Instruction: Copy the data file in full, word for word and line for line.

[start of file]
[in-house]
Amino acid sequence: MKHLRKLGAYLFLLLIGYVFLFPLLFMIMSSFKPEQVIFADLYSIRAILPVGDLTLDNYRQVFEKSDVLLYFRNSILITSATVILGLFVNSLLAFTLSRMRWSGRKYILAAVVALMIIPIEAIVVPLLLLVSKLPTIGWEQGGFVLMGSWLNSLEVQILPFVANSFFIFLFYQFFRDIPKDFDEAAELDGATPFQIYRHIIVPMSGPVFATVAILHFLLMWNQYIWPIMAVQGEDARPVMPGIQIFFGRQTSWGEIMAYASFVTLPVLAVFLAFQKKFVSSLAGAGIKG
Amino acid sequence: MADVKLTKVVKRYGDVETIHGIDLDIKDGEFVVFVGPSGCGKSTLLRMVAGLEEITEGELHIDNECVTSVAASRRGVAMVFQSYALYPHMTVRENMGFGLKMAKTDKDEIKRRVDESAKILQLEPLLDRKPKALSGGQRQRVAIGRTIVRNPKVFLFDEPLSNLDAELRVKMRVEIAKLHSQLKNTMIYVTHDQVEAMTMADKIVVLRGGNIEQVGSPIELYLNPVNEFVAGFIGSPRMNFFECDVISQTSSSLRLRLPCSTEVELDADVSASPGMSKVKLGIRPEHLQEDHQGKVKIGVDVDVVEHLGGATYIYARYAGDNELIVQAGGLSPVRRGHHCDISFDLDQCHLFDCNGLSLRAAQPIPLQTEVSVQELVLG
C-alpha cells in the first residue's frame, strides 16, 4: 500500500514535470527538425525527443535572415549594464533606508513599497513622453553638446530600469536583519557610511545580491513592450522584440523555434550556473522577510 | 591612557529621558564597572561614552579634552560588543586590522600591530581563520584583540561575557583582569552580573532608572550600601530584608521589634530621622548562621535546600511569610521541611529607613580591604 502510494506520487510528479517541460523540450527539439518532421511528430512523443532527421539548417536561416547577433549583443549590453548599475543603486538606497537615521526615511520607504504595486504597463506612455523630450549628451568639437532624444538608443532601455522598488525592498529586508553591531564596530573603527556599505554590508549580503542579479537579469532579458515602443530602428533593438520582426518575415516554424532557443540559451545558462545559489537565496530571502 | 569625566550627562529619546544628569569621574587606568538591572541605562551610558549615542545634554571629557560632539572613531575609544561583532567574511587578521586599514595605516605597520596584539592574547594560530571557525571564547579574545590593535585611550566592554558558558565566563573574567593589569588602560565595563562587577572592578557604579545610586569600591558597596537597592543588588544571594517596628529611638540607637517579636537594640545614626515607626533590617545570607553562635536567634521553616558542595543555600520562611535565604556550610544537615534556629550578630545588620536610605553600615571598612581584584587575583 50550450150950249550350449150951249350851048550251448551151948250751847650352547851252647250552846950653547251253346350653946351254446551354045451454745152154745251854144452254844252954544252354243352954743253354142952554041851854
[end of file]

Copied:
[in-house]
Amino acid sequence: MKHLRKLGAYLFLLLIGYVFLFPLLFMIMSSFKPEQVIFADLYSIRAILPVGDLTLDNYRQVFEKSDVLLYFRNSILITSATVILGLFVNSLLAFTLSRMRWSGRKYILAAVVALMIIPIEAIVVPLLLLVSKLPTIGWEQGGFVLMGSWLNSLEVQILPFVANSFFIFLFYQFFRDIPKDFDEAAELDGATPFQIYRHIIVPMSGPVFATVAILHFLLMWNQYIWPIMAVQGEDARPVMPGIQIFFGRQTSWGEIMAYASFVTLPVLAVFLAFQKKFVSSLAGAGIKG
Amino acid sequence: MADVKLTKVVKRYGDVETIHGIDLDIKDGEFVVFVGPSGCGKSTLLRMVAGLEEITEGELHIDNECVTSVAASRRGVAMVFQSYALYPHMTVRENMGFGLKMAKTDKDEIKRRVDESAKILQLEPLLDRKPKALSGGQRQRVAIGRTIVRNPKVFLFDEPLSNLDAELRVKMRVEIAKLHSQLKNTMIYVTHDQVEAMTMADKIVVLRGGNIEQVGSPIELYLNPVNEFVAGFIGSPRMNFFECDVISQTSSSLRLRLPCSTEVELDADVSASPGMSKVKLGIRPEHLQEDHQGKVKIGVDVDVVEHLGGATYIYARYAGDNELIVQAGGLSPVRRGHHCDISFDLDQCHLFDCNGLSLRAAQPIPLQTEVSVQELVLG
C-alpha cells in the first residue's frame, strides 16, 4: 500500500514535470527538425525527443535572415549594464533606508513599497513622453553638446530600469536583519557610511545580491513592450522584440523555434550556473522577510 | 591612557529621558564597572561614552579634552560588543586590522600591530581563520584583540561575557583582569552580573532608572550600601530584608521589634530621622548562621535546600511569610521541611529607613580591604 502510494506520487510528479517541460523540450527539439518532421511528430512523443532527421539548417536561416547577433549583443549590453548599475543603486538606497537615521526615511520607504504595486504597463506612455523630450549628451568639437532624444538608443532601455522598488525592498529586508553591531564596530573603527556599505554590508549580503542579479537579469532579458515602443530602428533593438520582426518575415516554424532557443540559451545558462545559489537565496530571502 | 569625566550627562529619546544628569569621574587606568538591572541605562551610558549615542545634554571629557560632539572613531575609544561583532567574511587578521586599514595605516605597520596584539592574547594560530571557525571564547579574545590593535585611550566592554558558558565566563573574567593589569588602560565595563562587577572592578557604579545610586569600591558597596537597592543588588544571594517596628529611638540607637517579636537594640545614626515607626533590617545570607553562635536567634521553616558542595543555600520562611535565604556550610544537615534556629550578630545588620536610605553600615571598612581584584587575583 50550450150950249550350449150951249350851048550251448551151948250751847650352547851252647250552846950653547251253346350653946351254446551354045451454745152154745251854144452254844252954544252354243352954743253354142952554041851854